Republicans have attempted to camouflage their amorous solicitude for billionaires with a fog of misleading rhetoric ... Another chestnut is that millionaires and billionaires are "job creators." US corporations have just had their most profitable quarters in history; Apple, for one, is sitting on $76 billion in cash, more than the GDP of most countries. So, where are the jobs?

Another smokescreen is the "small business" meme, since standing up for Mom's and Pop's corner store is politically more attractive than to be seen shilling for a megacorporation. Raising taxes on the wealthy will kill small business' ability to hire; that is the GOP dirge every time Bernie Sanders or some Democrat offers an amendment to increase taxes on incomes above $1 million.


Likewise, Republicans have assiduously spread the myth that Americans are conspicuously overtaxed. But compared to other OECD countries, the effective rates of US taxation are among the lowest. In particular, they point to the top corporate income rate of 35 percent as being confiscatory Bolshevism. But again, the effective rate is much lower. Did GE pay 35 percent on 2010 profits of $14 billion? No, it paid zero.

When pressed, Republicans make up misleading statistics to "prove" that the America's fiscal burden is being borne by the rich and the rest of us are just freeloaders who don't appreciate that fact.


All of these half truths and outright lies have seeped into popular culture via the corporate-owned business press … More important politically, Republicans' myths about taxation have been internalized by millions of economically downscale "values voters," who may have been attracted to the GOP for other reasons ... but who now accept this misinformation as dogma.
My closing question for today: When will middle-class Republicans finally see the light and leave the cult before it’s too late.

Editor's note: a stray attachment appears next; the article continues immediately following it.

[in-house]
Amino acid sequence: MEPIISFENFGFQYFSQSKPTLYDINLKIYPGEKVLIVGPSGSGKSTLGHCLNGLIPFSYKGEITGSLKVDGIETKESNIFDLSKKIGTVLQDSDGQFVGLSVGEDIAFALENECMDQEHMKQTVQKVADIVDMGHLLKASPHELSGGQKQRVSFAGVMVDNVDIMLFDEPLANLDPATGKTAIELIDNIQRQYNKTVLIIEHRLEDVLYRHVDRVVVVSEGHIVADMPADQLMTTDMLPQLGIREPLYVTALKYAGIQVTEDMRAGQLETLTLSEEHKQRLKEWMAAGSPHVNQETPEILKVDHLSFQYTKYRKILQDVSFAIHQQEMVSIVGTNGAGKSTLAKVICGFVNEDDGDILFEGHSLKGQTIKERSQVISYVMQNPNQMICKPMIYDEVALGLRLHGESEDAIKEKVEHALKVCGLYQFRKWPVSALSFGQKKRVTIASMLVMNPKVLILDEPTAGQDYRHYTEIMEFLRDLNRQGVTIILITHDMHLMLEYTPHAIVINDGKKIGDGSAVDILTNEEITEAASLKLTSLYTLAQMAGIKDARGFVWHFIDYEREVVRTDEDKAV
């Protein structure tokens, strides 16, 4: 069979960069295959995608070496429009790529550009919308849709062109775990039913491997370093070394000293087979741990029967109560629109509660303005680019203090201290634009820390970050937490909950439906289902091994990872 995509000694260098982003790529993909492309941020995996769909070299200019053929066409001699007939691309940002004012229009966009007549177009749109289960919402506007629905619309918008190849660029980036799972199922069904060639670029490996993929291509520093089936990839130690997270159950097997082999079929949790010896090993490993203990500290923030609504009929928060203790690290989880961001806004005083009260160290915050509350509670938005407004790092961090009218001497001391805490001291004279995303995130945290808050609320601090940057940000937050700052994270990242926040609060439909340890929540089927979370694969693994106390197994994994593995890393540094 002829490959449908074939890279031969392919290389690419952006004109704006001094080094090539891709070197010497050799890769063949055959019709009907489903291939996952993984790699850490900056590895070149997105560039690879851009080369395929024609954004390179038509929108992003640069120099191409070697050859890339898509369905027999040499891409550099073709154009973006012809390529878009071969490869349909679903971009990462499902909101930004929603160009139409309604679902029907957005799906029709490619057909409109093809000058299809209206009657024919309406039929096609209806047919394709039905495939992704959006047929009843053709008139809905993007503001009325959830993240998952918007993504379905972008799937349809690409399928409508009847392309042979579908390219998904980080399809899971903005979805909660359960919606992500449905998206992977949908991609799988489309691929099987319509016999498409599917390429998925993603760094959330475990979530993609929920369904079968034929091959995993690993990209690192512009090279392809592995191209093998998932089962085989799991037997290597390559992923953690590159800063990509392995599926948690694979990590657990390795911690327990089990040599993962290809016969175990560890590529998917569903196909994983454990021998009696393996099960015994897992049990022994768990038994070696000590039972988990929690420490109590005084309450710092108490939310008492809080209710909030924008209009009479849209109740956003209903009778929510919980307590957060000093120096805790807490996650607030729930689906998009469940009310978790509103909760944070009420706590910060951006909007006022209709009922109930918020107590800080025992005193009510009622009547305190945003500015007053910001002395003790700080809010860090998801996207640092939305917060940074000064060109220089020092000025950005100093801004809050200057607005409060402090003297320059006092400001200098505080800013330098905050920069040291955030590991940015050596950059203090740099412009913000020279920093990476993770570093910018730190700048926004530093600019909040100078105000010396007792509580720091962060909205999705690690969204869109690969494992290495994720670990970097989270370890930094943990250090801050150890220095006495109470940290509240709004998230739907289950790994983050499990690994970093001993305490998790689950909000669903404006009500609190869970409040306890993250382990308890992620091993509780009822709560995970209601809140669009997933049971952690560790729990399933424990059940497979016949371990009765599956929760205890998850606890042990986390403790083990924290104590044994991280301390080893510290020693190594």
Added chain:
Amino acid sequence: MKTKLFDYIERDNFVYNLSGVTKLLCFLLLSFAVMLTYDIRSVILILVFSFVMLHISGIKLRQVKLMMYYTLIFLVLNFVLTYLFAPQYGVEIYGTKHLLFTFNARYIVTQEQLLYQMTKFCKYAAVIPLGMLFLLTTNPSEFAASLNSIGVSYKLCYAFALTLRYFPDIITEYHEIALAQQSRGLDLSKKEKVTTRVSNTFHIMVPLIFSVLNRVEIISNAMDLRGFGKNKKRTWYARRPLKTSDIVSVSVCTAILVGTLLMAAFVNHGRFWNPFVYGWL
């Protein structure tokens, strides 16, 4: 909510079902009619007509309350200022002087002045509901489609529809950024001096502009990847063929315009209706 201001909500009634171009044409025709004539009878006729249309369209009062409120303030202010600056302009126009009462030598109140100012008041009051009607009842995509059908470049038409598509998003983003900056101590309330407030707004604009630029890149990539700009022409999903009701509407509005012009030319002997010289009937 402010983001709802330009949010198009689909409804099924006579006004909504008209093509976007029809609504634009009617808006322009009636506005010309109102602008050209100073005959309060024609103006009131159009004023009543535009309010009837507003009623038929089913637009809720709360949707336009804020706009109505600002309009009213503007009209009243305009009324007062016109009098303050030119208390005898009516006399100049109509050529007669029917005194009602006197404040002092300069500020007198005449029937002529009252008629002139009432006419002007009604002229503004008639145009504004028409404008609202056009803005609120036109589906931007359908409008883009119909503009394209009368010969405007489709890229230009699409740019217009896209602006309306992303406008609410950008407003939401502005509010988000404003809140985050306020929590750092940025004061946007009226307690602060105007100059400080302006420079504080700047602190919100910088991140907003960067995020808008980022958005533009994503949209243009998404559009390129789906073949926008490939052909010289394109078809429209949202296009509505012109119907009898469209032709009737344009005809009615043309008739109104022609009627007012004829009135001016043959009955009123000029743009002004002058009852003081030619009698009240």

Shaw Kenawe said...

Thank you for this important post, O)CT(O).

This piece by Nicholas Kristof in today's New York Times on crony capitalism is also an important part of the issue:

"Capitalism is so successful an economic system partly because of an internal discipline that allows for loss and even bankruptcy. It’s the possibility of failure that creates the opportunity for triumph. Yet many of America’s major banks are too big to fail, so they can privatize profits while socializing risk.

The upshot is that financial institutions boost leverage in search of supersize profits and bonuses. Banks pretend that risk is eliminated because it’s securitized. Rating agencies accept money to issue an imprimatur that turns out to be meaningless. The system teeters, and then the taxpayer rushes in to bail bankers out. Where’s the accountability?

It’s not just rabble-rousers at Occupy Wall Street who are seeking to put America’s capitalists on a more capitalist footing.

“Structural change is necessary,” Paul Volcker, the former chairman of the Federal Reserve, said in an important speech last month that discussed many of these themes. He called for more curbs on big banks, possibly including trimming their size, and he warned that otherwise we’re on a path of “increasingly frequent, complex and dangerous financial breakdowns.”

Infidel753 said...

Anyone who can look at that graph and insist there is no problem -- is part of the problem.

Such an extreme concentration of wealth and power in so few hands ultimately becomes dangerous for everybody. Just ask Louis XVI.